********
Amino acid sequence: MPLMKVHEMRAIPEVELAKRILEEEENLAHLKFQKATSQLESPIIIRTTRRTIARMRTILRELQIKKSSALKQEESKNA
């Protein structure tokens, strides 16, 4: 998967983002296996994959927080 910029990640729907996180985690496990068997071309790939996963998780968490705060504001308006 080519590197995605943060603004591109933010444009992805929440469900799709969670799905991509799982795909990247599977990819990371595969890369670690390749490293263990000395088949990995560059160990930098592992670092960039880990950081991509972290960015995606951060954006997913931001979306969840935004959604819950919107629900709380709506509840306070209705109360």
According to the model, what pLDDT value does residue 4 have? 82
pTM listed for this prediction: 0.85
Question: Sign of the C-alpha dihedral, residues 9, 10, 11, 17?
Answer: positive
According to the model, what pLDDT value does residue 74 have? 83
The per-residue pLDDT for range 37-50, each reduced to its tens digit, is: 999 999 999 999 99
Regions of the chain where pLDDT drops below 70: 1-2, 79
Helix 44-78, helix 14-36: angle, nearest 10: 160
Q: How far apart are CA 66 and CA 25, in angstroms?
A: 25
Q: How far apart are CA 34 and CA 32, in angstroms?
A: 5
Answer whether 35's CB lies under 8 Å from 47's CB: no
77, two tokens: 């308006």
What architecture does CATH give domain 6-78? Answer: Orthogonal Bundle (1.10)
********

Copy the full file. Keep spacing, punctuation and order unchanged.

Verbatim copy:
Amino acid sequence: MPLMKVHEMRAIPEVELAKRILEEEENLAHLKFQKATSQLESPIIIRTTRRTIARMRTILRELQIKKSSALKQEESKNA
């Protein structure tokens, strides 16, 4: 998967983002296996994959927080 910029990640729907996180985690496990068997071309790939996963998780968490705060504001308006 080519590197995605943060603004591109933010444009992805929440469900799709969670799905991509799982795909990247599977990819990371595969890369670690390749490293263990000395088949990995560059160990930098592992670092960039880990950081991509972290960015995606951060954006997913931001979306969840935004959604819950919107629900709380709506509840306070209705109360």
According to the model, what pLDDT value does residue 4 have? 82
pTM listed for this prediction: 0.85
Question: Sign of the C-alpha dihedral, residues 9, 10, 11, 17?
Answer: positive
According to the model, what pLDDT value does residue 74 have? 83
The per-residue pLDDT for range 37-50, each reduced to its tens digit, is: 999 999 999 999 99
Regions of the chain where pLDDT drops below 70: 1-2, 79
Helix 44-78, helix 14-36: angle, nearest 10: 160
Q: How far apart are CA 66 and CA 25, in angstroms?
A: 25
Q: How far apart are CA 34 and CA 32, in angstroms?
A: 5
Answer whether 35's CB lies under 8 Å from 47's CB: no
77, two tokens: 């308006």
What architecture does CATH give domain 6-78? Answer: Orthogonal Bundle (1.10)